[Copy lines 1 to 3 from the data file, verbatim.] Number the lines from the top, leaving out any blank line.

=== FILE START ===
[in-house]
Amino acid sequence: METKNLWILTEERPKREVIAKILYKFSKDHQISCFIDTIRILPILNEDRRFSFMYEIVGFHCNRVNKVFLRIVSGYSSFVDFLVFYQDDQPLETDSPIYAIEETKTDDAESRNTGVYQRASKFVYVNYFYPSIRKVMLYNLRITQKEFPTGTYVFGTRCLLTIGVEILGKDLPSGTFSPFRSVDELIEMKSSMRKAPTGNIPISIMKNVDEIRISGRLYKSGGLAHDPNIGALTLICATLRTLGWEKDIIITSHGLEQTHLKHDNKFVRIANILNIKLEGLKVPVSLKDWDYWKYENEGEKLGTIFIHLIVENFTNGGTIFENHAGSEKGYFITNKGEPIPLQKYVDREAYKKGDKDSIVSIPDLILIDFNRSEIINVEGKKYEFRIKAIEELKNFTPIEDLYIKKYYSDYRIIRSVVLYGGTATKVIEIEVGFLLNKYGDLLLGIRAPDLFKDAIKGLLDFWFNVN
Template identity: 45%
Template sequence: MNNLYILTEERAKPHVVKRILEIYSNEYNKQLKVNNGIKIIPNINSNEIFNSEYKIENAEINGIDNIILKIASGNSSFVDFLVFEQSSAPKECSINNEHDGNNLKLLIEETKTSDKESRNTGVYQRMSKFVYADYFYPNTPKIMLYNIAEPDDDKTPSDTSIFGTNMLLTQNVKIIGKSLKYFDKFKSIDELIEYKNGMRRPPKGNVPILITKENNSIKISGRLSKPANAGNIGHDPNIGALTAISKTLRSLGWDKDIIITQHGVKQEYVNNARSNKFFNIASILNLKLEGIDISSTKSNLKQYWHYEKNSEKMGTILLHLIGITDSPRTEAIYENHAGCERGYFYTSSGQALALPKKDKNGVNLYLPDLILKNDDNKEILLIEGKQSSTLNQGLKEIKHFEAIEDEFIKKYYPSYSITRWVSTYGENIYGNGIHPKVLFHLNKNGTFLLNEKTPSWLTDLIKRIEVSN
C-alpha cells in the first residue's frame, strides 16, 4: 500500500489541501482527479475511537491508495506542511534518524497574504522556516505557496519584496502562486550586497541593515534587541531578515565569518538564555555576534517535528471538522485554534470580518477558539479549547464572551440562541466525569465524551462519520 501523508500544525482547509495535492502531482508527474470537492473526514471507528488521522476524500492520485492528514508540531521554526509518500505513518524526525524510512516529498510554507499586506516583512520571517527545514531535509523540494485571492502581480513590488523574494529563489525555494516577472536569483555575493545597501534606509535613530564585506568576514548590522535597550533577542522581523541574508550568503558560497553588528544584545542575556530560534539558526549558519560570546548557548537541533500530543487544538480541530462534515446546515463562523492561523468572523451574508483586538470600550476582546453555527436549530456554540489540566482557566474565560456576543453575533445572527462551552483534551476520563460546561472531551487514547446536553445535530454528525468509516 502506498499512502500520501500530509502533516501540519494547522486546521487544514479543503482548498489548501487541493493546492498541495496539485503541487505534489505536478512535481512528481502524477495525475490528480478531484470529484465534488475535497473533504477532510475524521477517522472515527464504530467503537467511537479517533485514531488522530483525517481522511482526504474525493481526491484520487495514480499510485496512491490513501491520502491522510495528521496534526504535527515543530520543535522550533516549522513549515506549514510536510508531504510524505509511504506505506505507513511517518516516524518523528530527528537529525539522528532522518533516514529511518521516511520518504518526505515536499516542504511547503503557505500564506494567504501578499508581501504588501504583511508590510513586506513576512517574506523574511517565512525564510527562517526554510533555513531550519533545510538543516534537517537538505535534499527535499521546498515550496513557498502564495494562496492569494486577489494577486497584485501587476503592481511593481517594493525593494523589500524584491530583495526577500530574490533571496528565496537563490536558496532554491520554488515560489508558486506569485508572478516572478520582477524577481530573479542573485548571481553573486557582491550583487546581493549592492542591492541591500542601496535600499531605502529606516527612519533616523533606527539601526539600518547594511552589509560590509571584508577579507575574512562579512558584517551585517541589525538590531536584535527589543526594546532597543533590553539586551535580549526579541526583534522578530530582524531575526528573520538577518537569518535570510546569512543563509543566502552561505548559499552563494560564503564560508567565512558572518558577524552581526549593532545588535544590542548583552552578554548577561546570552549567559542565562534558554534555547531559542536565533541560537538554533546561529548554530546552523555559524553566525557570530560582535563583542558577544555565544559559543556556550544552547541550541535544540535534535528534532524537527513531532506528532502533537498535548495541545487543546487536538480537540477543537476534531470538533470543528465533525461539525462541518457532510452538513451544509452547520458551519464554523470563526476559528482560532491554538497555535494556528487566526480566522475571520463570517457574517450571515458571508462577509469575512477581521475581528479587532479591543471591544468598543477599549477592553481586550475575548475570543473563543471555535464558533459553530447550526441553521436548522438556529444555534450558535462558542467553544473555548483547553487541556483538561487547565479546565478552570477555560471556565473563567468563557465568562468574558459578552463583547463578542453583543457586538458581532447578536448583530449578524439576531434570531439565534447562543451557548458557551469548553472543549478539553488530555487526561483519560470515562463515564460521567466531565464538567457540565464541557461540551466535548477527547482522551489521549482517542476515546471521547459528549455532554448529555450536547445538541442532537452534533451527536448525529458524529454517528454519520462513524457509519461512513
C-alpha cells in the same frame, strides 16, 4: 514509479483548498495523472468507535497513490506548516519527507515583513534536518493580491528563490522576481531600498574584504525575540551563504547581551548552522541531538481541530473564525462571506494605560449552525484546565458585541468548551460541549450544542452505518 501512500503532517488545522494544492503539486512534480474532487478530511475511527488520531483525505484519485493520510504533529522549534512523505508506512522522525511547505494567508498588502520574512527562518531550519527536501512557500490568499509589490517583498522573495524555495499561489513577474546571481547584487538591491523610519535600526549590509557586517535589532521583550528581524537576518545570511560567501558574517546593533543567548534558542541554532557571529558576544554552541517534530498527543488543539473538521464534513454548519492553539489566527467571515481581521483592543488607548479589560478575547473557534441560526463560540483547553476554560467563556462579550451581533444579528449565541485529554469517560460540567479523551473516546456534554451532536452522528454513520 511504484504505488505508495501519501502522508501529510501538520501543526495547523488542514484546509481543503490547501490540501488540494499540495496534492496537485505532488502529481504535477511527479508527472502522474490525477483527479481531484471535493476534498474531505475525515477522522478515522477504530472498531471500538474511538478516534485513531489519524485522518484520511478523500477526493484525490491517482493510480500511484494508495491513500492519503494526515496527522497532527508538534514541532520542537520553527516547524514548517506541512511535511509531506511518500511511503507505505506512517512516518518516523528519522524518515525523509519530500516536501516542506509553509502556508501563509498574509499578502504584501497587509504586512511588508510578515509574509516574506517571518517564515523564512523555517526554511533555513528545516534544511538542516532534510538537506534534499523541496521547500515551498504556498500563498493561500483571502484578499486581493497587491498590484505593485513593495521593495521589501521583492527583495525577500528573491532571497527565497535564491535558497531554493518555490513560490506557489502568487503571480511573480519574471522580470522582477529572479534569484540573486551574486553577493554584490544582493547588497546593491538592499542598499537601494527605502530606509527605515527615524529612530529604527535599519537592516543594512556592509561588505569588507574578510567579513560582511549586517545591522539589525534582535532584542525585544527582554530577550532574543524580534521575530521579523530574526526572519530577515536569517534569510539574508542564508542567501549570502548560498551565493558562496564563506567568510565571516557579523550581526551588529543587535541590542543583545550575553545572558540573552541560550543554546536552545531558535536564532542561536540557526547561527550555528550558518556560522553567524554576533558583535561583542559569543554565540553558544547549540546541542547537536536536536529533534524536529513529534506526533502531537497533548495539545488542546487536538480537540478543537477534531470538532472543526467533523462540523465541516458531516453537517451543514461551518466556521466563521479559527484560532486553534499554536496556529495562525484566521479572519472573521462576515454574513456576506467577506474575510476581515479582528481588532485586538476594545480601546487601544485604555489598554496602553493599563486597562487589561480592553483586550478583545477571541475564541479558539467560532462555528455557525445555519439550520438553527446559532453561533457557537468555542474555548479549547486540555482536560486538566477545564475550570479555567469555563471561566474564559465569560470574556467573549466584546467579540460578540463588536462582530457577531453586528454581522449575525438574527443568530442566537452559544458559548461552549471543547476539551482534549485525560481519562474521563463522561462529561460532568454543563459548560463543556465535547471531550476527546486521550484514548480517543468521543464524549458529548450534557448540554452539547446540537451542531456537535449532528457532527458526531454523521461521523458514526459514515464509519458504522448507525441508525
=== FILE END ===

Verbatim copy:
[in-house]
Amino acid sequence: METKNLWILTEERPKREVIAKILYKFSKDHQISCFIDTIRILPILNEDRRFSFMYEIVGFHCNRVNKVFLRIVSGYSSFVDFLVFYQDDQPLETDSPIYAIEETKTDDAESRNTGVYQRASKFVYVNYFYPSIRKVMLYNLRITQKEFPTGTYVFGTRCLLTIGVEILGKDLPSGTFSPFRSVDELIEMKSSMRKAPTGNIPISIMKNVDEIRISGRLYKSGGLAHDPNIGALTLICATLRTLGWEKDIIITSHGLEQTHLKHDNKFVRIANILNIKLEGLKVPVSLKDWDYWKYENEGEKLGTIFIHLIVENFTNGGTIFENHAGSEKGYFITNKGEPIPLQKYVDREAYKKGDKDSIVSIPDLILIDFNRSEIINVEGKKYEFRIKAIEELKNFTPIEDLYIKKYYSDYRIIRSVVLYGGTATKVIEIEVGFLLNKYGDLLLGIRAPDLFKDAIKGLLDFWFNVN
Template identity: 45%